My wife and I were both geology majors, although neither of us work in that field. We spend a lot of time pursuing it still as a hobby. Those beaches you see in the photos can only be reached by flat bottom boat or canoe. Most are blocked off by steep cliffs that go right into the water. You can’t reach them from the top because no roads or trails lead there, it would be a long bushwack. The tops of the cliffs are too unstable anyway.

Now that we have the canoe, we’ll be doing lots more exploring!

Good to see
a young family enjoying the outdoors in a canoe.


– Last Updated: Mar-16-12 6:08 PM EST –

Well, according to recent discussions here, you guys are too young to be interested in canoeing. Thank goodness you are bucking the trend.

That looks like a relatively young reservoir, based on all the standing timber and the fresh look to the timber piled on shore. I have a very amateur interest in geology myself (but very little education in the subject), and could recognize what's likely a point bar (or mini-terrace of similar origin) in a shot of the river, but I'm puzzled by the exposed rock alongside the reservoir. I bet there must be an interesting story there, even if it's just the edge of the original river valley. Lesser amounts of that same wind-blow silt made it out here to Wisconsin, but here it's only four feet thick on average and has weathered to a lean clay. I've seen immense loess hills in western Iowa though, and the remarkable way that it erodes to a vertical face which is stable and more weather-resistant than the original slope.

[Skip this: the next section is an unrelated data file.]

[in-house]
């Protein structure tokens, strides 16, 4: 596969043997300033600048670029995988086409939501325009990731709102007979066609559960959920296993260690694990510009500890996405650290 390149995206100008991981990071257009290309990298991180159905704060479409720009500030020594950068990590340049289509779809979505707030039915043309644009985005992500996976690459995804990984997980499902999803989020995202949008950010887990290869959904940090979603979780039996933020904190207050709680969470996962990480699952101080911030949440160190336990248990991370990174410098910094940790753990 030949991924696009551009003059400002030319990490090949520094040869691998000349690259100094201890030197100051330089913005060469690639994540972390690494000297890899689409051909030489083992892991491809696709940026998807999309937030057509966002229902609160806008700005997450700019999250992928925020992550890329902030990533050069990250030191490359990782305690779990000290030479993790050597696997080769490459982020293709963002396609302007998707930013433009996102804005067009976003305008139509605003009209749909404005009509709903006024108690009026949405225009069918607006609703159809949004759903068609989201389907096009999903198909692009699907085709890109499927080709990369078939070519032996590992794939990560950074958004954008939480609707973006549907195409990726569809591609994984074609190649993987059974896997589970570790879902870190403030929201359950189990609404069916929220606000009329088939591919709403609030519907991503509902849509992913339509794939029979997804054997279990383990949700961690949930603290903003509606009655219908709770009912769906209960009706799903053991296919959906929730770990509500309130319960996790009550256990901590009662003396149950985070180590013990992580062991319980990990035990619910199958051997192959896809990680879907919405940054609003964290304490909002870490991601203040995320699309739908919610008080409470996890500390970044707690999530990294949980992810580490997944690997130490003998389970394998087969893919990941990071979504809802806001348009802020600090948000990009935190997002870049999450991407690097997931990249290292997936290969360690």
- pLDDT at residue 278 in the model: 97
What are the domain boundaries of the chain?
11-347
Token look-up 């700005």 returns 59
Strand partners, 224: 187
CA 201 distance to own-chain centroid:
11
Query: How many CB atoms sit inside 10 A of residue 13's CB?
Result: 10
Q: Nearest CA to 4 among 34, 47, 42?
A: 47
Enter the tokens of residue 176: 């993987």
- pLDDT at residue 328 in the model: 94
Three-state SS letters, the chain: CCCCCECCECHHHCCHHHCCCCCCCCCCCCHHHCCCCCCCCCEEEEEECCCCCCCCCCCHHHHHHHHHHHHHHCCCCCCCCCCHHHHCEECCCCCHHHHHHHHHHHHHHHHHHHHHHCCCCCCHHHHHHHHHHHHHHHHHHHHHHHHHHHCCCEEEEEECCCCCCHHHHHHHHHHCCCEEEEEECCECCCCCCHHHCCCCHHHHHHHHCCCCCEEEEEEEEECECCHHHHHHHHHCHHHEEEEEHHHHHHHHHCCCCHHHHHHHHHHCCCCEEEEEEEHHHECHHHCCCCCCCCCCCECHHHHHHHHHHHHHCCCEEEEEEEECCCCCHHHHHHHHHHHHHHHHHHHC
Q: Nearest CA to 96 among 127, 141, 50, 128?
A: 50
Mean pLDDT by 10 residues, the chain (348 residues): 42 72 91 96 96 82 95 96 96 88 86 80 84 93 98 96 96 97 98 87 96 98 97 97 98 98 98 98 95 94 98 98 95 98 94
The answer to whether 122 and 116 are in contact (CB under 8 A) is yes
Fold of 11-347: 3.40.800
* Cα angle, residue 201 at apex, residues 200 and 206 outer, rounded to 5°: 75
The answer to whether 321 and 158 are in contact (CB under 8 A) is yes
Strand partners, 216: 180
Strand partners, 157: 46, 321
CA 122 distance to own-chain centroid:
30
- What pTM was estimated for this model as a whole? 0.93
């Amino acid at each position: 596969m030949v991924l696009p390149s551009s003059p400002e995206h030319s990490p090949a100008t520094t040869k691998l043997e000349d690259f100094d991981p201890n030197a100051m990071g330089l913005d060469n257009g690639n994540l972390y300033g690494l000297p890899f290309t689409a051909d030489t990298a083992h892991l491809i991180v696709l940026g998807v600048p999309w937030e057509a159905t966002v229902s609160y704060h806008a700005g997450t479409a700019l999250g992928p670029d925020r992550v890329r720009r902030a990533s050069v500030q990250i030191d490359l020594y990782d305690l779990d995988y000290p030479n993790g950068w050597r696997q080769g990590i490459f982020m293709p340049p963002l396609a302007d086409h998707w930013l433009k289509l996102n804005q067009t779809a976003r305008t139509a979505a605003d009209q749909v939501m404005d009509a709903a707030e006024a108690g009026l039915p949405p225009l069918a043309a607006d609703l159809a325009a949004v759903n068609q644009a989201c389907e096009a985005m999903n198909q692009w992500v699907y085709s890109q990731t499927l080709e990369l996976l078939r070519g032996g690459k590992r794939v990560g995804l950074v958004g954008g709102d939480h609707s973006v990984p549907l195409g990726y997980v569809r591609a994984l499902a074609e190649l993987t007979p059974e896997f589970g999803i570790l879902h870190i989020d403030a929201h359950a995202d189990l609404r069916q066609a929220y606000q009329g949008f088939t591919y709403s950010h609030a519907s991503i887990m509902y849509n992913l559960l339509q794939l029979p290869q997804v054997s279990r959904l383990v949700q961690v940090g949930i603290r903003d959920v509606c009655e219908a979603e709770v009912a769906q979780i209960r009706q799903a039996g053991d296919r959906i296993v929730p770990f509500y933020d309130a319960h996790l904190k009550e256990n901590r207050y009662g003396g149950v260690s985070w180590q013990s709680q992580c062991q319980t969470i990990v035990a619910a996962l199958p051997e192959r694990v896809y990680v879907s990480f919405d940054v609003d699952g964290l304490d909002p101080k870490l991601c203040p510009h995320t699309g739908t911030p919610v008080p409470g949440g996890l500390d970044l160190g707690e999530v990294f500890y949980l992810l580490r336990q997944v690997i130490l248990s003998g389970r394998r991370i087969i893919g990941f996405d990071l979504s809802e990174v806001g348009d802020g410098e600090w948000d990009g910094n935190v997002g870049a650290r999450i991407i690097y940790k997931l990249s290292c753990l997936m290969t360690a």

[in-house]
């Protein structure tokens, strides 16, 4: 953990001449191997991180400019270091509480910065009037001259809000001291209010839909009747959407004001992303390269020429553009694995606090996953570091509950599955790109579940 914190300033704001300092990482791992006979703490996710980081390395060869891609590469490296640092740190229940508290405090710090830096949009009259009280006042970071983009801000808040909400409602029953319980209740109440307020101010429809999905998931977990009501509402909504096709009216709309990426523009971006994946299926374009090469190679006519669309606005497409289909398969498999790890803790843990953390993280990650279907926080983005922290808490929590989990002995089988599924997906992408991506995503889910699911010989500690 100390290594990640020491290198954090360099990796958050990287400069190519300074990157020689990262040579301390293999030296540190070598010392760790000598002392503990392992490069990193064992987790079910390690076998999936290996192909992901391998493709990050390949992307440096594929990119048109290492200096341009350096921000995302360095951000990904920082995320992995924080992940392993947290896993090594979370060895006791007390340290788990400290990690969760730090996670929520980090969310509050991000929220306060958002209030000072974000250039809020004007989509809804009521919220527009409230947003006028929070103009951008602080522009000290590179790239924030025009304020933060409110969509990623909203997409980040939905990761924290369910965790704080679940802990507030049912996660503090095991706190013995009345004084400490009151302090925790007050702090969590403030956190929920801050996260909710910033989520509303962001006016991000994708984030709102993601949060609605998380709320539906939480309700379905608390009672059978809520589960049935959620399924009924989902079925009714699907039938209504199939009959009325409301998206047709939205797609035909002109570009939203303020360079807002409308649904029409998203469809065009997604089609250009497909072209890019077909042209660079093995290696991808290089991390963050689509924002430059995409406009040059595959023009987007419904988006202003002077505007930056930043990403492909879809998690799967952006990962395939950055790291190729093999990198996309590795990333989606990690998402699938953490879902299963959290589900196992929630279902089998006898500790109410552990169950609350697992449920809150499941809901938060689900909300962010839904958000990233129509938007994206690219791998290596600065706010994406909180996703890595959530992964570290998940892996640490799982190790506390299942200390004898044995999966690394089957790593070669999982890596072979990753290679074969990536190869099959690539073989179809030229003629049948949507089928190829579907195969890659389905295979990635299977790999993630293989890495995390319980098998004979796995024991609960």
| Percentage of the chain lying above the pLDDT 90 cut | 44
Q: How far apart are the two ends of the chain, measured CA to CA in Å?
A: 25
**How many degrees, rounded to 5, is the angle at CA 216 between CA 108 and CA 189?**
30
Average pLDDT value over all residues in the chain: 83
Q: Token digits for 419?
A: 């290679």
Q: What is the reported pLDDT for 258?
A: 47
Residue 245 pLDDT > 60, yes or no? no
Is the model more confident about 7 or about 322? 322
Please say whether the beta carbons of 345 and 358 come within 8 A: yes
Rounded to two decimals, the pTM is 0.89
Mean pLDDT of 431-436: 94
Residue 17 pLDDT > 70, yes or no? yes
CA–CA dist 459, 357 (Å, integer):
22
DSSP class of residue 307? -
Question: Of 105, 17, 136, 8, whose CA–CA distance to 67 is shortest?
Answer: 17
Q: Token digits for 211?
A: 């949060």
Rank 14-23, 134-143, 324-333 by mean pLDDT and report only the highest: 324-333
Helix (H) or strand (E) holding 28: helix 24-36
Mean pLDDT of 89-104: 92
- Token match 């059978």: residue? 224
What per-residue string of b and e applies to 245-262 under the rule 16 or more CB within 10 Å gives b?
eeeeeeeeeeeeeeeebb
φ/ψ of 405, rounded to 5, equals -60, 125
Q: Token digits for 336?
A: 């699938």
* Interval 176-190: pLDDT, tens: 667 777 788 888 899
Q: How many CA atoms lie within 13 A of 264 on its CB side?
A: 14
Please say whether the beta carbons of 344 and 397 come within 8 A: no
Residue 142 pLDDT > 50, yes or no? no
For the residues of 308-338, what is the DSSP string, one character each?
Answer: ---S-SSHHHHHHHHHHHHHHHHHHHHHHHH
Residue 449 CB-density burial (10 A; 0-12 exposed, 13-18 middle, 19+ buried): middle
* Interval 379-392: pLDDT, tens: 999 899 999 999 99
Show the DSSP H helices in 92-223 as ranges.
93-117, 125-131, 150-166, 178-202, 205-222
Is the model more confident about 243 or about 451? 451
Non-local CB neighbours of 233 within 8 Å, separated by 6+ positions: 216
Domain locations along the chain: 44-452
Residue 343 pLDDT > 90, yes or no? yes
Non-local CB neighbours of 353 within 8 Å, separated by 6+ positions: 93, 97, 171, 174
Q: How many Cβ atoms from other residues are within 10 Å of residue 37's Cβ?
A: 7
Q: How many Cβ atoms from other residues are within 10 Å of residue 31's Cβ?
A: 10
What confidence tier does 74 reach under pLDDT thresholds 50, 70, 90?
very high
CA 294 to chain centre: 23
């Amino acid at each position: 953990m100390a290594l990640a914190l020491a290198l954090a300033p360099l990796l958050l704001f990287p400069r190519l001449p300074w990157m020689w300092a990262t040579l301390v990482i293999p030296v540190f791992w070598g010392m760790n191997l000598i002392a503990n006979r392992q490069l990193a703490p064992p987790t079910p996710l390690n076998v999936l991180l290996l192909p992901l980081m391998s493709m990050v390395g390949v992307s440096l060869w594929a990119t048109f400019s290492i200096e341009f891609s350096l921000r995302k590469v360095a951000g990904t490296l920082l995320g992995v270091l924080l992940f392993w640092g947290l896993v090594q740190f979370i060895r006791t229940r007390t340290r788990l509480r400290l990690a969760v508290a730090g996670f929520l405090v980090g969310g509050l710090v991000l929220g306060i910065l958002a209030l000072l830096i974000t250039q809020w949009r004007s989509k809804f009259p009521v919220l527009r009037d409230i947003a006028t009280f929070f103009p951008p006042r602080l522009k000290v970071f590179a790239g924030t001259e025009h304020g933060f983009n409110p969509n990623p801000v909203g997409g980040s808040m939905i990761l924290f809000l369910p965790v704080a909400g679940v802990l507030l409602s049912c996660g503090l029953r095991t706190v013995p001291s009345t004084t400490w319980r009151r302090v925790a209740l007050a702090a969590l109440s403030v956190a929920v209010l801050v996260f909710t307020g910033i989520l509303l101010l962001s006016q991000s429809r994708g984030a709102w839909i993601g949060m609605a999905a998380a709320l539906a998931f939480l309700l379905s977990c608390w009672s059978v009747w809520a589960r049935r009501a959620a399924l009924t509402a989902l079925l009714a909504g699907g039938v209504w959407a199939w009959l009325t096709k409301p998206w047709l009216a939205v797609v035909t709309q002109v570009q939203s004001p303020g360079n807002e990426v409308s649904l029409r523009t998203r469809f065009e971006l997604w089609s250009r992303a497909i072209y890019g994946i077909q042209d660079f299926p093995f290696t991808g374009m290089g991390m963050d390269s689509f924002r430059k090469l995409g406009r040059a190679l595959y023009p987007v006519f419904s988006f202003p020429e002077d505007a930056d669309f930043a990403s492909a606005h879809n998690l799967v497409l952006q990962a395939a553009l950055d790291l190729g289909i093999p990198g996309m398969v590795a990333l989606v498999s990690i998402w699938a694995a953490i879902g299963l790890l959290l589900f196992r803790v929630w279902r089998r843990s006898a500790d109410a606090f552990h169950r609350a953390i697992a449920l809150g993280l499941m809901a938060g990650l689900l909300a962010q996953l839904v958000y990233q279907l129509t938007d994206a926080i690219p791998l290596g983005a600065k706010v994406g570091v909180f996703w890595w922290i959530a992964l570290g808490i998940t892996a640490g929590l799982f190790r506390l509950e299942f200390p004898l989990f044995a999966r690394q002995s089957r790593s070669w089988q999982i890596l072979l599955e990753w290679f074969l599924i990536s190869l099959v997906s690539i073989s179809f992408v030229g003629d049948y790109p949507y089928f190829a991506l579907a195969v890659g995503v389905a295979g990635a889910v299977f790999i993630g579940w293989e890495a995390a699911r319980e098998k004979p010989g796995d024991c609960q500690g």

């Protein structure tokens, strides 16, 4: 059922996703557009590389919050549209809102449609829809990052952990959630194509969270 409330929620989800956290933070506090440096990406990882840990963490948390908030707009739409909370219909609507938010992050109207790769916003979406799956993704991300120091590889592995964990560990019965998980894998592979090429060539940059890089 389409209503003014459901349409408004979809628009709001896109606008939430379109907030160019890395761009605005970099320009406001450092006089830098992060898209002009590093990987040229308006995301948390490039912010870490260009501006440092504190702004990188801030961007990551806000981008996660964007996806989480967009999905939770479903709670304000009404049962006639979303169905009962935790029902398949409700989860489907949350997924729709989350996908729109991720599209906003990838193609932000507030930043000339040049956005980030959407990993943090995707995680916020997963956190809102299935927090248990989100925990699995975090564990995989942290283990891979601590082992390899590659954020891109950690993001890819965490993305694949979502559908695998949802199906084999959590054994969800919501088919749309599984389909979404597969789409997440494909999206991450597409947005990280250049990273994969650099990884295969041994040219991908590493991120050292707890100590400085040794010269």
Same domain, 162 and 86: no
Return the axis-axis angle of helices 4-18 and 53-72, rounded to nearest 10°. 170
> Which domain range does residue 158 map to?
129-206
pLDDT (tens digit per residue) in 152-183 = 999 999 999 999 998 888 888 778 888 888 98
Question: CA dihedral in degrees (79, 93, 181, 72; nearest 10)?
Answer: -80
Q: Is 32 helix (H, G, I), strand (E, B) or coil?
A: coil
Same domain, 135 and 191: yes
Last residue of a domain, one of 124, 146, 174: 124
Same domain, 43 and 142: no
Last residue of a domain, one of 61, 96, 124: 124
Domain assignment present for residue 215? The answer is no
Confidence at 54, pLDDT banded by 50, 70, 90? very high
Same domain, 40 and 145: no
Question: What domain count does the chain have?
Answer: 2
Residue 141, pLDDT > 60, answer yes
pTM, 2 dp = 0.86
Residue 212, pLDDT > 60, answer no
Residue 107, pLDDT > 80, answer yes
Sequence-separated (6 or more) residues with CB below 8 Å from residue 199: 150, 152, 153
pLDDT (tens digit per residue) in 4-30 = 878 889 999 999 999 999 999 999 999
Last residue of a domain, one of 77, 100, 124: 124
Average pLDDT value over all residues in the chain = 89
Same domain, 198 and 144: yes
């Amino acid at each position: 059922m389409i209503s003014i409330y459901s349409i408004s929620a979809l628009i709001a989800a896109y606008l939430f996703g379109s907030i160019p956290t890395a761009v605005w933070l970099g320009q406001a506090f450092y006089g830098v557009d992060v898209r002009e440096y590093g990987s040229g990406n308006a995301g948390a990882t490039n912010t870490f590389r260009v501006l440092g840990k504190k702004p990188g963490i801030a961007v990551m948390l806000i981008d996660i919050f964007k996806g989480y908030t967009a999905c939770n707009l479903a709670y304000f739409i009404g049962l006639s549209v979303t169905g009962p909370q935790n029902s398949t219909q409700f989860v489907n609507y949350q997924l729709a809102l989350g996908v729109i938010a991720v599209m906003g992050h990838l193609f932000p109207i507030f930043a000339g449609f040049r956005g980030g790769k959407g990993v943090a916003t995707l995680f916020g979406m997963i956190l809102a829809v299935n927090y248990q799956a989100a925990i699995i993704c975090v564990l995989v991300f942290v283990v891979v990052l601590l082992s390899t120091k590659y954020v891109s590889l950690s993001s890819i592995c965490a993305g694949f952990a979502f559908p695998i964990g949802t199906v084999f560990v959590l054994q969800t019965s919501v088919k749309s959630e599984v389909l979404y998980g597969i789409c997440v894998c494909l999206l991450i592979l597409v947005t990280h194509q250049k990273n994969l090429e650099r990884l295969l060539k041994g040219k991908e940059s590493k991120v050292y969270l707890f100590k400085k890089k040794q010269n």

I hope you are lucky enough that some of the interests shared by you and your wife rub off on the kids in some positive way. I lament the way more kids than ever have no exposure to the outdoors anymore and thus have no opportunity to discover outdoor interests of their own, so it's really good to see what you are doing.

Glad you like the boat too!

Gotta love a red canoe…